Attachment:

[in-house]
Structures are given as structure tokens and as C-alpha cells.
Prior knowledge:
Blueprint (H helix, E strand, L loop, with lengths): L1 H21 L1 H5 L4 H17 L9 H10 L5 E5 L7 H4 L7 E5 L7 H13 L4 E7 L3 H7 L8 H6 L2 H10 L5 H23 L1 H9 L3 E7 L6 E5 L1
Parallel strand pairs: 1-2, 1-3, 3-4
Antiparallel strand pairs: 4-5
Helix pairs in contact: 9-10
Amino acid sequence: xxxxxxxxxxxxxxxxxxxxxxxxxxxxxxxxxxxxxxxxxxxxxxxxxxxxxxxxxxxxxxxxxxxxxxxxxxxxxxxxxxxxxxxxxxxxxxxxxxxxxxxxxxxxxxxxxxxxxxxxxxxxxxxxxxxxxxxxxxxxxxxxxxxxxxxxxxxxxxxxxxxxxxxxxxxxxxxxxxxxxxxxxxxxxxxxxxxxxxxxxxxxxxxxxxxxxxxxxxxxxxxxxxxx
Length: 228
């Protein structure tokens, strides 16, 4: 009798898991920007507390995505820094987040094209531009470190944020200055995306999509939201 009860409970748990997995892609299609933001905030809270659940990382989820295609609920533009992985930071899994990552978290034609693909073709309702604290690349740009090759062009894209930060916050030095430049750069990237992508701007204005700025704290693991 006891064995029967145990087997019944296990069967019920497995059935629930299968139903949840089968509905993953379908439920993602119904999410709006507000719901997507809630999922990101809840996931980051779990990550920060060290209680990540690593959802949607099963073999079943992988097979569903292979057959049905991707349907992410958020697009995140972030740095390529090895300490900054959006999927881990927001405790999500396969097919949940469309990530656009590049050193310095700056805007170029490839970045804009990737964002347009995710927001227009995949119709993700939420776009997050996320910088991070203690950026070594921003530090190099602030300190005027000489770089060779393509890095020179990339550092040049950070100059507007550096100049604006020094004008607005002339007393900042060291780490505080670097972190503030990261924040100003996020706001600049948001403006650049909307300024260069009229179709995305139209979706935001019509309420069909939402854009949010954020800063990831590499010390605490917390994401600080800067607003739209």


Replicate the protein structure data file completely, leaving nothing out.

[in-house]
Structures are given as structure tokens and as C-alpha cells.
Prior knowledge:
Blueprint (H helix, E strand, L loop, with lengths): L1 H21 L1 H5 L4 H17 L9 H10 L5 E5 L7 H4 L7 E5 L7 H13 L4 E7 L3 H7 L8 H6 L2 H10 L5 H23 L1 H9 L3 E7 L6 E5 L1
Parallel strand pairs: 1-2, 1-3, 3-4
Antiparallel strand pairs: 4-5
Helix pairs in contact: 9-10
Amino acid sequence: xxxxxxxxxxxxxxxxxxxxxxxxxxxxxxxxxxxxxxxxxxxxxxxxxxxxxxxxxxxxxxxxxxxxxxxxxxxxxxxxxxxxxxxxxxxxxxxxxxxxxxxxxxxxxxxxxxxxxxxxxxxxxxxxxxxxxxxxxxxxxxxxxxxxxxxxxxxxxxxxxxxxxxxxxxxxxxxxxxxxxxxxxxxxxxxxxxxxxxxxxxxxxxxxxxxxxxxxxxxxxxxxxxxx
Length: 228
């Protein structure tokens, strides 16, 4: 009798898991920007507390995505820094987040094209531009470190944020200055995306999509939201 009860409970748990997995892609299609933001905030809270659940990382989820295609609920533009992985930071899994990552978290034609693909073709309702604290690349740009090759062009894209930060916050030095430049750069990237992508701007204005700025704290693991 006891064995029967145990087997019944296990069967019920497995059935629930299968139903949840089968509905993953379908439920993602119904999410709006507000719901997507809630999922990101809840996931980051779990990550920060060290209680990540690593959802949607099963073999079943992988097979569903292979057959049905991707349907992410958020697009995140972030740095390529090895300490900054959006999927881990927001405790999500396969097919949940469309990530656009590049050193310095700056805007170029490839970045804009990737964002347009995710927001227009995949119709993700939420776009997050996320910088991070203690950026070594921003530090190099602030300190005027000489770089060779393509890095020179990339550092040049950070100059507007550096100049604006020094004008607005002339007393900042060291780490505080670097972190503030990261924040100003996020706001600049948001403006650049909307300024260069009229179709995305139209979706935001019509309420069909939402854009949010954020800063990831590499010390605490917390994401600080800067607003739209």